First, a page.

Paul Briones sits in his office on Monday at Briones Law Firm on Auburn Avenue in Farmington. Briones will be appointed as a part-time federal magistrate
Paul Briones sits in his office on Monday at Briones Law Firm on Auburn Avenue in Farmington. Briones will be appointed as a part-time federal magistrate judge for San Juan County later this week. (Megan Farmer / The Daily Times)

FARMINGTON — On Friday, a Farmington attorney will become San Juan County's first federal magistrate judge in more than 20 years. His appointment is expected to bring a stronger federal law enforcement presence to the region.

B. Paul Briones, a Farmington attorney, will be sworn in during a ceremony in an Albuquerque federal court on Friday. He will be a part-time judge and his appointment is for four years, he said.

Officials with the U.S. District Court for the District of New Mexico didn't respond on Monday to calls seeking information on the magistrate judge position. But Briones and the San Juan County sheriff and district attorney confirmed that Briones will soon become a part-time federal magistrate judge based in San Juan County.

San Juan County Sheriff Ken Christesen said assigning a federal magistrate judge in San Juan County will lead to a stronger federal law enforcement presence throughout the area. He said there will eventually be more FBI agents, Homeland Security agents and U.S. Marshals deputies working in San Juan County because of the decision to place a magistrate judge here.

"Having a federal magistrate is the cornerstone of bringing in more of a federal presence," Christesen said.

Christesen said U.S. Homeland Security agents work closely with local law enforcement who are in the Region II Narcotics Task Force. He said having a federal judge in the county could result in more methamphetamine trafficking investigations that result in federal charges.

In late February, 13 people were charged in federal court with drug trafficking crimes and 12 people were charged in state court with drug trafficking crimes in connection to the task force's 18-month investigation into a methamphetamine trafficking ring in San Juan County.

San Juan County District Attorney Rick Tedrow said he has been communicating with the U.S. Attorney's Office for the District of New Mexico about allowing prosecutors in his office to be "cross-commissioned" so they could handle the initial stages of federal prosecutions. He said nothing has been finalized.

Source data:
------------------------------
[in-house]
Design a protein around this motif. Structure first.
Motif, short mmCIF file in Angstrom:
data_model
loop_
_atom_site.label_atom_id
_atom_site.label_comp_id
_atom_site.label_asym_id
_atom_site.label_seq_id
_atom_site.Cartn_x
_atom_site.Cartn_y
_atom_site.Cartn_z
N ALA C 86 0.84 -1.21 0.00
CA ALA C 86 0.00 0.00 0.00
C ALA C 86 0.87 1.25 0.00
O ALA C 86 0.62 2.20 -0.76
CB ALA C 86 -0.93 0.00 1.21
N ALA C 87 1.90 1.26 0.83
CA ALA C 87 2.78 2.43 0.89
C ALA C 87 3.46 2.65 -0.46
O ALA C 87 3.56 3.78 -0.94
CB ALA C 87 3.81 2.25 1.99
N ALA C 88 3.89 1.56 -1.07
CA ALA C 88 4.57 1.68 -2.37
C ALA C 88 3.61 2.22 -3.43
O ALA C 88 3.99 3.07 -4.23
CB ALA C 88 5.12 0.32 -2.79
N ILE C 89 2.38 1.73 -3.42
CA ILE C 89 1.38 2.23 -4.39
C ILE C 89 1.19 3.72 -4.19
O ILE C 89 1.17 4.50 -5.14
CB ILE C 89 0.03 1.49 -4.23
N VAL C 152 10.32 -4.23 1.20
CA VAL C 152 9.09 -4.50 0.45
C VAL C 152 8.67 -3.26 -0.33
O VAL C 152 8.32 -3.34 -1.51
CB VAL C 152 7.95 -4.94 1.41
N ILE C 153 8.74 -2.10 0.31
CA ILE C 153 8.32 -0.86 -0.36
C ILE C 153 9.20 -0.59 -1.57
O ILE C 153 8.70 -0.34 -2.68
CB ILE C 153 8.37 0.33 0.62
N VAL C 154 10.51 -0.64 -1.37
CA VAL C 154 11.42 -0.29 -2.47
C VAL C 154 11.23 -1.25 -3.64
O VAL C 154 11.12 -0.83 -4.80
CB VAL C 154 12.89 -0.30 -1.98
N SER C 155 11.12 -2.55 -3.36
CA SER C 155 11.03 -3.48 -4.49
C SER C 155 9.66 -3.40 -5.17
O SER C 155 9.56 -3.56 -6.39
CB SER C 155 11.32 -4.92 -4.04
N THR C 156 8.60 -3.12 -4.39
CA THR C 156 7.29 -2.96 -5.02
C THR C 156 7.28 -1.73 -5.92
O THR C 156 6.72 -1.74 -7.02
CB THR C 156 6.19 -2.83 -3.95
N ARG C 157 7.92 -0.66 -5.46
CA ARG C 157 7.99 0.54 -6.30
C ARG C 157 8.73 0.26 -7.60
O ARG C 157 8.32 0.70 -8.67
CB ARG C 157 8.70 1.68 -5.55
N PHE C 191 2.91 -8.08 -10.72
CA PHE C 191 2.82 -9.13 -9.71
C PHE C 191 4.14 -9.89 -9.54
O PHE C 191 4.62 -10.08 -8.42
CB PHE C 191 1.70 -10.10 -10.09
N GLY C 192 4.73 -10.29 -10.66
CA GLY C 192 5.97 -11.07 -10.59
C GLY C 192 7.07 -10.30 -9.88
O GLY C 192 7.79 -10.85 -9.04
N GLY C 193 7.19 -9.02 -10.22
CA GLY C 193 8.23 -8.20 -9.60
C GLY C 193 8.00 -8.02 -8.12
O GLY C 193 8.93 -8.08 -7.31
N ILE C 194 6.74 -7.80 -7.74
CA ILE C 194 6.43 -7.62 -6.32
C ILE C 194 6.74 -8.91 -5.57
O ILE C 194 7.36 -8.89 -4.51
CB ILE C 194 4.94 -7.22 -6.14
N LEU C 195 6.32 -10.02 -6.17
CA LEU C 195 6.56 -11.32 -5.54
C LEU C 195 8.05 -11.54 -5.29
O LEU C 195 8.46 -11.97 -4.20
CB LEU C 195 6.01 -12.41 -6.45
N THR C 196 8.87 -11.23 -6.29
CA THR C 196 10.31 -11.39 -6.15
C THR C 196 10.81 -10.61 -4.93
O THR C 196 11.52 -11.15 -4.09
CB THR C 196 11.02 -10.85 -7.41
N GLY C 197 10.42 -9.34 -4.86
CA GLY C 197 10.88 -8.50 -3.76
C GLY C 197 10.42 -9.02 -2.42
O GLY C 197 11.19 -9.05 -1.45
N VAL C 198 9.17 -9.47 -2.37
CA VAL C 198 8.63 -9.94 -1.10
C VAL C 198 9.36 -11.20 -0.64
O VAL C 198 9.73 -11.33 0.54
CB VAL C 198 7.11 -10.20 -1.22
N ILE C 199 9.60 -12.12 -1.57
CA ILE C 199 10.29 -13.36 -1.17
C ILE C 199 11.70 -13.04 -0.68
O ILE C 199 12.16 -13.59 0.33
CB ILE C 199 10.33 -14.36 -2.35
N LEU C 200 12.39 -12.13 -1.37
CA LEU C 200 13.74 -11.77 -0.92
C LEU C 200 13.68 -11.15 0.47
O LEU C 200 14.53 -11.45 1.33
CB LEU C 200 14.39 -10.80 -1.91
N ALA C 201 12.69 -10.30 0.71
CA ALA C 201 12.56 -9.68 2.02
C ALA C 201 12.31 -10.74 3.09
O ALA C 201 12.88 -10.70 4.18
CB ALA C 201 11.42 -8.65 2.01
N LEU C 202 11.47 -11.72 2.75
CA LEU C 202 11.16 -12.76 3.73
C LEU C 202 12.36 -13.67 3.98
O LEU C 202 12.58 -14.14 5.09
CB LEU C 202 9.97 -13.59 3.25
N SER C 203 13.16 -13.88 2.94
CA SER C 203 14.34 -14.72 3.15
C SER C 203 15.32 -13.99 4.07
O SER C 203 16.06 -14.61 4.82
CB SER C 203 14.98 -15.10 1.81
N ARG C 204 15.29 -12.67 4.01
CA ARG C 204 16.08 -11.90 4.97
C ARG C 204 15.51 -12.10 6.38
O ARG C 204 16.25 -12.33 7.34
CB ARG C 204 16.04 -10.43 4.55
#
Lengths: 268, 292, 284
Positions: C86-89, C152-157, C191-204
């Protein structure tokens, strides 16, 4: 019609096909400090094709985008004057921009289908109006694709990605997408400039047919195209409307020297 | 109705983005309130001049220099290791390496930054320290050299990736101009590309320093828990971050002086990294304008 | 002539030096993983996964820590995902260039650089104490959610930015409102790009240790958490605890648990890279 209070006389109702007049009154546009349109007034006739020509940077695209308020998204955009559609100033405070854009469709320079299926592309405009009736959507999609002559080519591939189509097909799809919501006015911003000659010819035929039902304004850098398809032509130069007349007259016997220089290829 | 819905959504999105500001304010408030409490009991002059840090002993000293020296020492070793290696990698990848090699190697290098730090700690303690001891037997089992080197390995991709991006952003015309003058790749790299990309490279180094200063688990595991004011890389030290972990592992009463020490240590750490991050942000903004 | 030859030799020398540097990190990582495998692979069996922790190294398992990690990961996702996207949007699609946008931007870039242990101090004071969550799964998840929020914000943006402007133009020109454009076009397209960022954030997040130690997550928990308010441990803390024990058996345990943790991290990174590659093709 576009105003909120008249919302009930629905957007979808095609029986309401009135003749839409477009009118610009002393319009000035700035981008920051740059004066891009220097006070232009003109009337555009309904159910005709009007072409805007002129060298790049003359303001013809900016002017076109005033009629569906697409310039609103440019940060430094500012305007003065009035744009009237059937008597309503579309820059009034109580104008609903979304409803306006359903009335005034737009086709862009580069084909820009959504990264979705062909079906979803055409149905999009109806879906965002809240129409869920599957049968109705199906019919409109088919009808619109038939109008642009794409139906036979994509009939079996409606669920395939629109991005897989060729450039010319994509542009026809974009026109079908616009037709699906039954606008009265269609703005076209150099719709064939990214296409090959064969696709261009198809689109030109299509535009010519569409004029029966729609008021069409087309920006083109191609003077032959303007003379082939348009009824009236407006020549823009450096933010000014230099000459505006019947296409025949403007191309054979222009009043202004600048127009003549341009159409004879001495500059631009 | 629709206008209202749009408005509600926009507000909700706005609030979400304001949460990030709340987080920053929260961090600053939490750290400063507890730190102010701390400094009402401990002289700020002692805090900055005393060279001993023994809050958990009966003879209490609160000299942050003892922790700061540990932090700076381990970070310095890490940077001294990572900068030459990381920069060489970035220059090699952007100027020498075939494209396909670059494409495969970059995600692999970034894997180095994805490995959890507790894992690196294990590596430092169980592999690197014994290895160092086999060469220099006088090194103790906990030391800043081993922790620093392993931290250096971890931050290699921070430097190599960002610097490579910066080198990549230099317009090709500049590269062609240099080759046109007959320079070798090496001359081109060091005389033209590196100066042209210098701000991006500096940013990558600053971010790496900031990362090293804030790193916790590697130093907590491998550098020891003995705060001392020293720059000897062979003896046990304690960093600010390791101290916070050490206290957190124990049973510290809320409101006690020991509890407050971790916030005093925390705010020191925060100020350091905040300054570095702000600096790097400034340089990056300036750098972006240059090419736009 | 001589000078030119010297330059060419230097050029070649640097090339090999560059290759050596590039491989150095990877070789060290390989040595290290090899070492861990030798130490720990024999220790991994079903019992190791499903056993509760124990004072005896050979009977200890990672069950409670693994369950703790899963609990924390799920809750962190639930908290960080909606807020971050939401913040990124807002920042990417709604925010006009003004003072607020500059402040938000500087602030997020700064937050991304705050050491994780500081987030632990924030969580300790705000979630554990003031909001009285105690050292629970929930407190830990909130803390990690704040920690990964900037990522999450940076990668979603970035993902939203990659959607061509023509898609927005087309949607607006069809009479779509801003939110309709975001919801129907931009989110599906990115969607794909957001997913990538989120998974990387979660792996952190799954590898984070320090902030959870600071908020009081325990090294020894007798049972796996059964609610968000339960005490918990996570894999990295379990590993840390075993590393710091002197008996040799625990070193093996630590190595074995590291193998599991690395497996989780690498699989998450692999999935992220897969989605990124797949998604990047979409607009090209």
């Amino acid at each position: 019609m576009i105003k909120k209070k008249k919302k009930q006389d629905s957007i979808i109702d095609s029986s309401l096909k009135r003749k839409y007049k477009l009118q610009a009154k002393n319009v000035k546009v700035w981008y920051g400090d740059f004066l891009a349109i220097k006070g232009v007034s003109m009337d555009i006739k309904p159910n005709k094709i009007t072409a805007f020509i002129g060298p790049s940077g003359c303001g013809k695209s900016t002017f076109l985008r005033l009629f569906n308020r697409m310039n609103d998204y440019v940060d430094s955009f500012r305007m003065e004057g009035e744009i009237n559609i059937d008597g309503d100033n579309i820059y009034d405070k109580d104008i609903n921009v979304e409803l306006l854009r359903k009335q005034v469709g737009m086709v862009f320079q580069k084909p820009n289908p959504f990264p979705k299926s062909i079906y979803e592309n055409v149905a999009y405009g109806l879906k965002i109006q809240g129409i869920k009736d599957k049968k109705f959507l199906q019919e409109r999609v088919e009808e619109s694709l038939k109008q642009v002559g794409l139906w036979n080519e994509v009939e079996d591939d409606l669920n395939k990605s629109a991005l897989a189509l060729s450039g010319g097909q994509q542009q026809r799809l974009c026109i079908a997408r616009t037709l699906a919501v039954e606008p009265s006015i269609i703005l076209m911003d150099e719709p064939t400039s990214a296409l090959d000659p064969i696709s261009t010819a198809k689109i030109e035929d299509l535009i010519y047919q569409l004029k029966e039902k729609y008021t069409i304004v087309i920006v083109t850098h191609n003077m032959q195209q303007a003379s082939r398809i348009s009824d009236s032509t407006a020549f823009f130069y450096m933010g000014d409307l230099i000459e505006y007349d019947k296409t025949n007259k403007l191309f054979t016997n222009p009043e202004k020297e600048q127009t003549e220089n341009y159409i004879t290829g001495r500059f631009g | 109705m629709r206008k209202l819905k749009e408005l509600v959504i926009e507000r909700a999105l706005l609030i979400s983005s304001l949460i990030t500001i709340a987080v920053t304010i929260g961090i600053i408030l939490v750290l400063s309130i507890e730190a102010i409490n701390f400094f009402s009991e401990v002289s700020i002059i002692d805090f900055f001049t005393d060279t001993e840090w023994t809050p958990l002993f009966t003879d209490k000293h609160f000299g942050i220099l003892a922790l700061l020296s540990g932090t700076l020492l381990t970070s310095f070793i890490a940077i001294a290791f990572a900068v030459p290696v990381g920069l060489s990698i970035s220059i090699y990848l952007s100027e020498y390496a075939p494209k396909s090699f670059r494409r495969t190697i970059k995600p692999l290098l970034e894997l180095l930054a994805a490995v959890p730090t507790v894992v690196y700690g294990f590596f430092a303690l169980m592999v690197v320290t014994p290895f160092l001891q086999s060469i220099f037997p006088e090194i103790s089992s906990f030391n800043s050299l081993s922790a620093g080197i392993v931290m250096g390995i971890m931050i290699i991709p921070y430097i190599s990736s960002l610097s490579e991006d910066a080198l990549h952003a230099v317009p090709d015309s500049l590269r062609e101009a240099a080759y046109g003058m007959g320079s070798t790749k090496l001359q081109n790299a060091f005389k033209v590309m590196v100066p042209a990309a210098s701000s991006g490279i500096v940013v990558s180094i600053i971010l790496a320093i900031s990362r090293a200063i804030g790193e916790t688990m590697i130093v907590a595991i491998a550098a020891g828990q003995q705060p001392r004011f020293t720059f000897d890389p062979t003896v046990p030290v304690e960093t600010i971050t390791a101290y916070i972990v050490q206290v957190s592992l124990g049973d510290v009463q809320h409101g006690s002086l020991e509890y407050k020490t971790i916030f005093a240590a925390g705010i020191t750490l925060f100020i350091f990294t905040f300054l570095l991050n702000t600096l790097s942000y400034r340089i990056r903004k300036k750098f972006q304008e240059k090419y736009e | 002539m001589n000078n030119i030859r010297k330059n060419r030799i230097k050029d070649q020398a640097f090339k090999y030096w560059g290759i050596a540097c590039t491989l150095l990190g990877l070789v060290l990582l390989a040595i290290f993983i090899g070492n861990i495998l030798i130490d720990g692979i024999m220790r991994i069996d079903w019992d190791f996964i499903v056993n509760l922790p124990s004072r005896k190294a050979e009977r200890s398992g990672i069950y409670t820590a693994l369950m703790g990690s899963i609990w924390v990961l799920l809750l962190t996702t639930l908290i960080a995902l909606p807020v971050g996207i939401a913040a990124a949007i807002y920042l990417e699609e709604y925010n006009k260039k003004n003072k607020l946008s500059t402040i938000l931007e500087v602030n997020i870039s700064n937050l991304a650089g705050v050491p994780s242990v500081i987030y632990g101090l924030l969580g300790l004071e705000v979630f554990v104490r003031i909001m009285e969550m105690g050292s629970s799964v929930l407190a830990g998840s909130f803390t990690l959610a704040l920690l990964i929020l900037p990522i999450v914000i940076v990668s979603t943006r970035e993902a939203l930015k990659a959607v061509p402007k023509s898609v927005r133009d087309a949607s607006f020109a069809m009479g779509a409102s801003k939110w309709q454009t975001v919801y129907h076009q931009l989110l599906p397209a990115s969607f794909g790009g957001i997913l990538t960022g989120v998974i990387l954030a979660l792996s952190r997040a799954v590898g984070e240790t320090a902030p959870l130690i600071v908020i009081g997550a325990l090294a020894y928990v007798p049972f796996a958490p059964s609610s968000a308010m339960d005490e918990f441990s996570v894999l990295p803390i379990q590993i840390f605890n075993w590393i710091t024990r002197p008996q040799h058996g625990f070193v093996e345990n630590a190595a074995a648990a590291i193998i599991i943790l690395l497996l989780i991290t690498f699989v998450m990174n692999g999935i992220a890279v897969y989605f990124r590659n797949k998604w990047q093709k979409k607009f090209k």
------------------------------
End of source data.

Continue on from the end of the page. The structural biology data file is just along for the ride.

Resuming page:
In addition to homeland security agents who work on the anti-narcotics task force, there is an FBI Farmington Field Office that investigates bank robberies and crimes on the Navajo Nation. And there are U.S. Marshals Service deputies on a Southwest Fugitive Investigative Team that hunt for state and federal fugitives. The team is active in San Juan County.

Last week, a U.S. Marshal on that team shot a car-chase suspect at the intersection of Butler Avenue and 20th Street. The suspect later died at the hospital.

Investigations conducted by those federal law enforcement agencies and teams will likely be the cases that are presented to the San Juan County federal magistrate judge, Briones said.

Briones said it's not clear when he will start working as judge or where his courtroom will be.

He said court administrators are trying to find space for him in an existing courthouse.

The federal magistrate judge will approve federal search and arrest warrants and rule on presentment hearings against defendants charged in federal court.

In a presentment hearing, a judge hears evidence in the case and rules on whether there is probable cause that the defendant committed the crime. The hearings are similar to preliminary hearing in magistrate courts.

Briones would become the 10th federal magistrate judge in New Mexico and the second part-time magistrate judge. The other part-time judge is in Roswell.

Three of the full-time magistrate judges are in Albuquerque and five are in Las Cruces, according to New Mexico's federal court's website.

Briones has been a Farmington attorney for 18 years. He said he plans to continue working as a private attorney while he works the part-time federal judge position. Most of his law practice deals with matters of business, real estate and trusts.

He said his father, Felix Briones, a Farmington attorney, and Federal Magistrate Judge Robert Hayes Scott convinced him to apply for the position.

Briones said he wants to be a judge, but doesn't want to run for office and be elected to a judge position. Federal judges and federal magistrate judges are appointed.

"This is attractive to me because it's by appointment and the renewal, if there is one, will be by the chief judge and the other federal district court judges. I'm happy about my merits and my ability but I don't want to be a politician. I don't want to run for an office," Briones said. "But being a judge is attractive to me. I think it's a tremendously important position."


Ryan Boetel covers crime for The Daily Times. He can be reached at 505-564-4644 and rboetel@daily-times.com. Follow him on Twitter @rboetel on Twitter.